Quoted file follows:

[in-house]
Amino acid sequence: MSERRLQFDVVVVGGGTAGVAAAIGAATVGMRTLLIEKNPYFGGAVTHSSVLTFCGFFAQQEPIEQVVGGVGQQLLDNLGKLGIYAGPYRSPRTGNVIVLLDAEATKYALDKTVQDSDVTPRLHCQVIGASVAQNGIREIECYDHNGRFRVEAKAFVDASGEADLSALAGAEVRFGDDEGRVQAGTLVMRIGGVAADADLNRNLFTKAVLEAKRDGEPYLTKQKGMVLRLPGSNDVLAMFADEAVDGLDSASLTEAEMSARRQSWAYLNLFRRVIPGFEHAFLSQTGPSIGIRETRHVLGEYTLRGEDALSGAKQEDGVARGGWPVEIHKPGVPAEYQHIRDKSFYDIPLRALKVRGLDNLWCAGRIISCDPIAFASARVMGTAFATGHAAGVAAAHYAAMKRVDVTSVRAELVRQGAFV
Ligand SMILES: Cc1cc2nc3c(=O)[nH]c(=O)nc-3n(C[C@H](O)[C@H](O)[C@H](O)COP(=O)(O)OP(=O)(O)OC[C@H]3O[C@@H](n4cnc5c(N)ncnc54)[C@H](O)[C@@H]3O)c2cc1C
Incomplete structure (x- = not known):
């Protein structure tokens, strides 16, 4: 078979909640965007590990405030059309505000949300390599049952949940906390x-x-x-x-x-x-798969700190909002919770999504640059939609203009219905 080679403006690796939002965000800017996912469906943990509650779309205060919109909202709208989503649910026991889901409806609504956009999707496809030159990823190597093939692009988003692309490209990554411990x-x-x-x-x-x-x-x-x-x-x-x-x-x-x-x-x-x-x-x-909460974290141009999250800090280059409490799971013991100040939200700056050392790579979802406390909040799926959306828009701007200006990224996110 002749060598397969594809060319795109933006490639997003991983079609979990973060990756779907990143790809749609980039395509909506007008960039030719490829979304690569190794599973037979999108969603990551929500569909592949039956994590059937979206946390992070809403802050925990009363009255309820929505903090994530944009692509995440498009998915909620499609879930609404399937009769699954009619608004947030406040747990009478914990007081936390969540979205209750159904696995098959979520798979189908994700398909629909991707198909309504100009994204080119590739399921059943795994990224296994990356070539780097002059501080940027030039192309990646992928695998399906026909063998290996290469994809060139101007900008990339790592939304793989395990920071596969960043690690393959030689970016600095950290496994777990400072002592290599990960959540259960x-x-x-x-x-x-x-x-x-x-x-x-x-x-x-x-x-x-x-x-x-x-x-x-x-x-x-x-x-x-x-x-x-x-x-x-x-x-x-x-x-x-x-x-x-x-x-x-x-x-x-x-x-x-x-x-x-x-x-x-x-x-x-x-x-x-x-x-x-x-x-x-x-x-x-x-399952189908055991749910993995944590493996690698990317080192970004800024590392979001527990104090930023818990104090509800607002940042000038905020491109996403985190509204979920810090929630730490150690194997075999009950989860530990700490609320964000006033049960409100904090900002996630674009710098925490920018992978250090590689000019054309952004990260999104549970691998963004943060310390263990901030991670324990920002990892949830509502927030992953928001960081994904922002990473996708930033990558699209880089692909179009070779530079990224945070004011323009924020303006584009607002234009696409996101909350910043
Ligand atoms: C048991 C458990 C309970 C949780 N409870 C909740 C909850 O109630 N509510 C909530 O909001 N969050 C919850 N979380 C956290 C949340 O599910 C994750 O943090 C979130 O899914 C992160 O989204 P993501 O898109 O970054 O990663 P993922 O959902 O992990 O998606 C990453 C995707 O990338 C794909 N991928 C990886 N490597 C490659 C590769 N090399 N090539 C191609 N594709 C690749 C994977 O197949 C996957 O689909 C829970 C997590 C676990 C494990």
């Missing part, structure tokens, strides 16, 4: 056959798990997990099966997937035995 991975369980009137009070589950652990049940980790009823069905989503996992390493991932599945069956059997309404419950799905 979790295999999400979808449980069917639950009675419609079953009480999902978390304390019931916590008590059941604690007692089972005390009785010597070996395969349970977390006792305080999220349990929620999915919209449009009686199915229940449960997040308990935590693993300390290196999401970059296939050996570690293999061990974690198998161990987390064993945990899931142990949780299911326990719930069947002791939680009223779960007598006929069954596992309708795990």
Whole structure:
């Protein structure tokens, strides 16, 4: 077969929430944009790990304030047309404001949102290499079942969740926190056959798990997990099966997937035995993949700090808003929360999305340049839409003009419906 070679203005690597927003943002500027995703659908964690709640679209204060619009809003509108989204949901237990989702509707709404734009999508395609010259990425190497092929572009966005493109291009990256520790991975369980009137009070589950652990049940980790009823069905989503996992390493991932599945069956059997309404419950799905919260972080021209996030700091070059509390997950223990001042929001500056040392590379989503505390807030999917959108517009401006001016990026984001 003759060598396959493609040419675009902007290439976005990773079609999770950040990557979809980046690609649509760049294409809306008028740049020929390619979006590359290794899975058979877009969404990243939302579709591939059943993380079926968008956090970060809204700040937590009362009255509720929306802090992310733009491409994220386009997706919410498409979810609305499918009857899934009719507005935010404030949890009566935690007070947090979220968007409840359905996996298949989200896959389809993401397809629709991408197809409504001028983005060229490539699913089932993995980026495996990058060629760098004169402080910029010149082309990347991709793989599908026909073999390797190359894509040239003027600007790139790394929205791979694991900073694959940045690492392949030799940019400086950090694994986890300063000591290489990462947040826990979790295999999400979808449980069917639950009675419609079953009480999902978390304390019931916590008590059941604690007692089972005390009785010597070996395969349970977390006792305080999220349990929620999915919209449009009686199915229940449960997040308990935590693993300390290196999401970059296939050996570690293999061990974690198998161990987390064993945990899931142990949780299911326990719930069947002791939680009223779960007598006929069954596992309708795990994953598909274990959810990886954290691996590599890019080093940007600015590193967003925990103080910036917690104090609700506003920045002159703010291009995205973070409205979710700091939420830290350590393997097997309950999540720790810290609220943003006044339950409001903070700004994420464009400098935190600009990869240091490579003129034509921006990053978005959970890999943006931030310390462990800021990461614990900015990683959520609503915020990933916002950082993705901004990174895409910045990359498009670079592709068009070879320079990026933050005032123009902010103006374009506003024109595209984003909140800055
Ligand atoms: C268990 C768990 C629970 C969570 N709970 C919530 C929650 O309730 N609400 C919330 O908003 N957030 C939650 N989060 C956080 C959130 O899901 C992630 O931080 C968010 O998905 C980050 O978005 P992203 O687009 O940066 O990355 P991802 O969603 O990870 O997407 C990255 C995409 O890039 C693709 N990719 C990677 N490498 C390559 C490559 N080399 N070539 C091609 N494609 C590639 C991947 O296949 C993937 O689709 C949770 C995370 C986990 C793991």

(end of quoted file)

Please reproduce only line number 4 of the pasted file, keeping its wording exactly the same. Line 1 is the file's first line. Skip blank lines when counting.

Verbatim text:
Incomplete structure (x- = not known):